Mequitta Ahuja

Mequitta Ahuja



NorthEast Region of USA
In her multilayered drawing and painting practice, Mequitta Ahuja casts herself in the guise of mythic warriors, epic heroes, and power figures descending from traditions across cultures. In a practice she has deemed “automythography,” the artist combines aspects of real imagery with invented characters and settings, consolidating her own feminine power as both the subject and the creator of the image.
Such  power emerges in works like Mocoonama, in which the central figure—a self-portrait—strikes a triumphant pose over those who would challenge her authority. The archetypal figures in her work indicate the artist’s investment in her own cultural background as an Indian American and African American woman. Ahuja’s intricate process begins with photographs of herself performing in front of the camera. Using these captured moments as inspiration, she then builds the surface of the painting with marks, patterning, and stamping, weaving a ground as integral and forceful as the protagonist at the picture’s center.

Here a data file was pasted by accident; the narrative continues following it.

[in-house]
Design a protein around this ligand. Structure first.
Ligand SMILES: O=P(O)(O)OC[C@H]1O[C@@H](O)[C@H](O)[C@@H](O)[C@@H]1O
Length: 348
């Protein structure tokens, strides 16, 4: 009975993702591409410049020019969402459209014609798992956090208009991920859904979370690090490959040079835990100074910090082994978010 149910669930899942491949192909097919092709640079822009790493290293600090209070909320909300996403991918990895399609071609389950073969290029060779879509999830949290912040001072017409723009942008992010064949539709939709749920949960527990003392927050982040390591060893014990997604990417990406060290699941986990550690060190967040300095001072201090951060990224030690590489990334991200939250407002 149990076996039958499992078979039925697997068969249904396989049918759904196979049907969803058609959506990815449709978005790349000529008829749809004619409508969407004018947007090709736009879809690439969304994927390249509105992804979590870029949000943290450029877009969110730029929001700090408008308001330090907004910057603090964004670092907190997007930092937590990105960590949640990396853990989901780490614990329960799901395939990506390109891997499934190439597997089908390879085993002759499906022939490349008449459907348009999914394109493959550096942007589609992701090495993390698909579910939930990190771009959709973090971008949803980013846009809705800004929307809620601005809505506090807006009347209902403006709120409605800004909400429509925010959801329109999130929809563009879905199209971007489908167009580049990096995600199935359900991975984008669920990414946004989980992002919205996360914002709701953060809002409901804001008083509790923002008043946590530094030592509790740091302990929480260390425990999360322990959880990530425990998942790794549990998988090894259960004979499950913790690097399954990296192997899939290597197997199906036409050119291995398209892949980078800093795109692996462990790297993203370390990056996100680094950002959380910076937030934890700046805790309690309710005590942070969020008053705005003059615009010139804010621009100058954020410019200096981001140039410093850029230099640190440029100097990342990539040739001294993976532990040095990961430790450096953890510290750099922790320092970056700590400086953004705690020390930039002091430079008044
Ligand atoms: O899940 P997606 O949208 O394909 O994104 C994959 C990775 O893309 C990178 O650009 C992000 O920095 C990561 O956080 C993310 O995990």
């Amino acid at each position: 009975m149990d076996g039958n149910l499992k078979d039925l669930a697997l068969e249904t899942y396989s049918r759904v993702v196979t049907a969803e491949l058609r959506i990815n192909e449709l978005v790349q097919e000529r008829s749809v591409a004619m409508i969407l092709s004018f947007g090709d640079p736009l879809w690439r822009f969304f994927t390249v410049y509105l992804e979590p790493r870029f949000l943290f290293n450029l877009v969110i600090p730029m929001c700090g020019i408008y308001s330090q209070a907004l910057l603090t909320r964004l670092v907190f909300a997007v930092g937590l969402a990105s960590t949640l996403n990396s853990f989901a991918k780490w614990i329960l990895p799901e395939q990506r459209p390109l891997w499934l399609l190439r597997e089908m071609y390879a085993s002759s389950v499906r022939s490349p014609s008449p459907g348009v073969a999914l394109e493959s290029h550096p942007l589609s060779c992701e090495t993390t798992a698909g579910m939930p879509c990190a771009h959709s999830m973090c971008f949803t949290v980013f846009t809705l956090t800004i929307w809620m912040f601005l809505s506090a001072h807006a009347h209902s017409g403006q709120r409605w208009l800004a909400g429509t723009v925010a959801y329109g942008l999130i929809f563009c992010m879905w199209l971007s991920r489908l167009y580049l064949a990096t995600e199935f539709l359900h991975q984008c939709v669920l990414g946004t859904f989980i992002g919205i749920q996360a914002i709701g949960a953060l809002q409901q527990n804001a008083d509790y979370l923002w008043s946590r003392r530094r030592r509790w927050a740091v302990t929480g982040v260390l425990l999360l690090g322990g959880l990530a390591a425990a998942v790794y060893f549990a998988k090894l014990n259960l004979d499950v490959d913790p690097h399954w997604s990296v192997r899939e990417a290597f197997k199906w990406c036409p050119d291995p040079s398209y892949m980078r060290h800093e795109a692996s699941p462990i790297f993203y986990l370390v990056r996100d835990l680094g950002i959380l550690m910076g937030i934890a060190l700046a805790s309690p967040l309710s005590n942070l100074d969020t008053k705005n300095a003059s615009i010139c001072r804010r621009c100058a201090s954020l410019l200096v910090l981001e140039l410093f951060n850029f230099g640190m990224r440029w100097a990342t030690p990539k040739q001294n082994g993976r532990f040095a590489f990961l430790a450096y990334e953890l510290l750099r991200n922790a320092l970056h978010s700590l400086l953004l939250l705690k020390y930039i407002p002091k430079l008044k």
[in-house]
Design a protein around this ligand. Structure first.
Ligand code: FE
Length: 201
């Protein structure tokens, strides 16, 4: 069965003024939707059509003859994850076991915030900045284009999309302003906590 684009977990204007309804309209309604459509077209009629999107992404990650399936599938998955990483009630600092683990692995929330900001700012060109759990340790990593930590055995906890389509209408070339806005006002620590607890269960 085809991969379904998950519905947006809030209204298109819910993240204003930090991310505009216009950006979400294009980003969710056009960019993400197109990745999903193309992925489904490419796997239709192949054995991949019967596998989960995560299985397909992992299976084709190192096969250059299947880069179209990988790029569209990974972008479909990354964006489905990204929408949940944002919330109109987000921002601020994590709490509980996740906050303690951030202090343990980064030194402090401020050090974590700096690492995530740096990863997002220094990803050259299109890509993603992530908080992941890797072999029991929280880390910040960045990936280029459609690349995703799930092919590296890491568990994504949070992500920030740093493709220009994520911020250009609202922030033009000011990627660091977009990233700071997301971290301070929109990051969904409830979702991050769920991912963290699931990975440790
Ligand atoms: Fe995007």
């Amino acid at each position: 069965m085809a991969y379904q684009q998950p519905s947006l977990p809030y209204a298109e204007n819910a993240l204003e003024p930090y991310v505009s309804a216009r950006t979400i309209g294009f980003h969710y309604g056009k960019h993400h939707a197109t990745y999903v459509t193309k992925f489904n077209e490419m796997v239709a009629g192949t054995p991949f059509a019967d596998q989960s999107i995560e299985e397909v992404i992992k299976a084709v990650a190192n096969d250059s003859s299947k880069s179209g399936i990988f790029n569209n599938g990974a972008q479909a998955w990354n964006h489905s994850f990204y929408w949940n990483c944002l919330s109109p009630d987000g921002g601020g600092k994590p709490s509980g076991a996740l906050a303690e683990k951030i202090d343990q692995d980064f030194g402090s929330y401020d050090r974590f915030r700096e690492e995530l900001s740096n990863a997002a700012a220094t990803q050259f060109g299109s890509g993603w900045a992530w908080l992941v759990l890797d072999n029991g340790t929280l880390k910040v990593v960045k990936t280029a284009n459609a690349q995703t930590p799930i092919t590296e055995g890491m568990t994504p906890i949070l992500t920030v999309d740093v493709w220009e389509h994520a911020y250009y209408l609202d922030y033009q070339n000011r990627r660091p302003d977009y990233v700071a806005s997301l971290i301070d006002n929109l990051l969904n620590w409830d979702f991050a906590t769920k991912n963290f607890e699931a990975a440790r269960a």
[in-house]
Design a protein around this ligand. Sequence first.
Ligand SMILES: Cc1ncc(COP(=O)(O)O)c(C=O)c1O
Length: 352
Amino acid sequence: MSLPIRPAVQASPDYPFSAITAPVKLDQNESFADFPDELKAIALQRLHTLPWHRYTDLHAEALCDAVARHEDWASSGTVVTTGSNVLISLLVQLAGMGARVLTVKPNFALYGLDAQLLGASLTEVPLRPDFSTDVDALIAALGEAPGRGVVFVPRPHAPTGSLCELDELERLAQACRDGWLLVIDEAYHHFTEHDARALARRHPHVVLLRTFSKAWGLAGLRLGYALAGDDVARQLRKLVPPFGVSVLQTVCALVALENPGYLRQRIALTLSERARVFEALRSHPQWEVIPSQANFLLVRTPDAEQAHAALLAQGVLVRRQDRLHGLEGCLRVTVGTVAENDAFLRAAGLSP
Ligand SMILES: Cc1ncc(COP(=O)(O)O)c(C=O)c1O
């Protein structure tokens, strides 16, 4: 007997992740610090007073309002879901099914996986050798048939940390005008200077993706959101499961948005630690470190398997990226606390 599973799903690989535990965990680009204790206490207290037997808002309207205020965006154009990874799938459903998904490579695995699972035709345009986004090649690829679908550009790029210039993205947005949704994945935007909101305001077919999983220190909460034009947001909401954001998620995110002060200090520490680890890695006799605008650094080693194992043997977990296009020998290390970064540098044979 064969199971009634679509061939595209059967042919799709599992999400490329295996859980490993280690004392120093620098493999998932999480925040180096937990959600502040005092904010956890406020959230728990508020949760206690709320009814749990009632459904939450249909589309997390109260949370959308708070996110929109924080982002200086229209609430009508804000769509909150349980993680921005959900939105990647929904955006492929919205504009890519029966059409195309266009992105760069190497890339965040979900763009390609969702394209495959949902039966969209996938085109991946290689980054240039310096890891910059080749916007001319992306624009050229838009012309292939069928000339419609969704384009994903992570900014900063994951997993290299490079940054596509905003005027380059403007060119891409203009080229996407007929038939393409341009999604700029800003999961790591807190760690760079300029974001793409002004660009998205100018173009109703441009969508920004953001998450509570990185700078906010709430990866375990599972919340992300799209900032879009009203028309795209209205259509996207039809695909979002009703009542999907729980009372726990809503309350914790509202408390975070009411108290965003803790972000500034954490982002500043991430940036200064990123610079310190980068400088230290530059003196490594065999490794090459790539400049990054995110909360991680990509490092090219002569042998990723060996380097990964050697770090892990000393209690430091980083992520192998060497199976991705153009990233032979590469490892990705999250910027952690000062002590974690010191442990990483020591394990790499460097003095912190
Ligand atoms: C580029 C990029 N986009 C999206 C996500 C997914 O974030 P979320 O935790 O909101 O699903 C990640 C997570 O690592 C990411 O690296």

I’m thinking of the ground as a cultural space. Instead of starting with the plain page, I’m starting it with this layer of culture so that when I’m building my imagery, it’s really a wrestle between the figure and the ground. In the end, there’s this integrated, stitched-together element between them.

— Mequitta Ahuja